Controversial affairs site Ashley Madison has admitted to threatening to send paperwork that could potentially expose members to their spouses if they disputed payments.
Canadian company Avid Life Media admitted to CNNMoney that it used these tactics in the past with members who complained about payments on the extramarital dating service.
One email sent to an Ashley Madison user read: “If you initiate a charge back, all records will be mailed to your home. We do fight all charge backs.”
Another account written online by a different user said Ashley Madison threatened to call his home so they could discuss his dispute in more detail.
The admission comes as the site begins to rebuild itself with new leadership, following last year’s devastating hack that exposed millions of users’ details.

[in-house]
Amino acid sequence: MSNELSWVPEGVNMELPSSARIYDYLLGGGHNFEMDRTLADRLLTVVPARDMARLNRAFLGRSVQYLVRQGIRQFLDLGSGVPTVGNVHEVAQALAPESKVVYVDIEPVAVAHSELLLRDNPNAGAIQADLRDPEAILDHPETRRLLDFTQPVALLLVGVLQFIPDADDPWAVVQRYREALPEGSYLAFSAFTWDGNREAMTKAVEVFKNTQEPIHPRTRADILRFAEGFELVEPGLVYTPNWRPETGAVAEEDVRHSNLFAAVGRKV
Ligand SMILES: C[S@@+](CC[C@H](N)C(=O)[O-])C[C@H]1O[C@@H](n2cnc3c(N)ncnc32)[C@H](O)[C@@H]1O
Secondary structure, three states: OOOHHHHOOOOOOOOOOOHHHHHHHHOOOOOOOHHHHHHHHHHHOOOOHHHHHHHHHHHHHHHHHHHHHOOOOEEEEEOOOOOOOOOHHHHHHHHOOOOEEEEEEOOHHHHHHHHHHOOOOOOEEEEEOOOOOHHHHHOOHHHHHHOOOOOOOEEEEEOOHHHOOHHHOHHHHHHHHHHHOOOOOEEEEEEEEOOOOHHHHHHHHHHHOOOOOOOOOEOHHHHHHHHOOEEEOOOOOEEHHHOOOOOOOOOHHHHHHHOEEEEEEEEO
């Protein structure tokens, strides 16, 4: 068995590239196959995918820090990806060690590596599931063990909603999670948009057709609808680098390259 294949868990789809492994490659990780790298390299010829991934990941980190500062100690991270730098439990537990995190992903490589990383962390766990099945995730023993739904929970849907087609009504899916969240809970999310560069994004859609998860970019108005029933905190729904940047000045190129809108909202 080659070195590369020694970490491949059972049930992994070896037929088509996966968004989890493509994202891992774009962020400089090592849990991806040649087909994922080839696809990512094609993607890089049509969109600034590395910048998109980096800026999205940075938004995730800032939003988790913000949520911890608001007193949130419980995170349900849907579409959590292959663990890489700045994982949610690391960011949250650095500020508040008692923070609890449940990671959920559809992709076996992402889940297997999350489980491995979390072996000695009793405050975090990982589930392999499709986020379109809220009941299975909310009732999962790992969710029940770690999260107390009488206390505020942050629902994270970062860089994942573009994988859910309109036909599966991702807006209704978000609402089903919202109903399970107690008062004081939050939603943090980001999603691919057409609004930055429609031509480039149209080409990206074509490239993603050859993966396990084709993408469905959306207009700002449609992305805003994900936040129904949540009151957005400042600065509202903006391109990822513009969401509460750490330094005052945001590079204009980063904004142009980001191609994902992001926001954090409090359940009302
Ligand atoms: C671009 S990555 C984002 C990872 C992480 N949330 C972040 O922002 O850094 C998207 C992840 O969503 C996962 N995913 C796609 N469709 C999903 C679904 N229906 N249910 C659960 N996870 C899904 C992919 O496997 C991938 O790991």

Speaking about these practises, Avid Life spokesperson Debra Quinn assured users that the company will no longer undergo such tactics, saying: “That past practise stopped when our new CEO Rob Segal and new President James Millership took the helm.”
Last week Ashley Madison also admitted to using “fembots” to lure male users into paying for the site’s premium service, because they thought they were being messaged by real women, not fake profiles.
Going forward, Quinn said the Canadian business will put user safety and confidentiality first, saying: “Over the next few months, our team will be working hard to introduce more discreet features, privacy safeguards and most important, to rebuild trust over the long-term.”
Read more about the story here.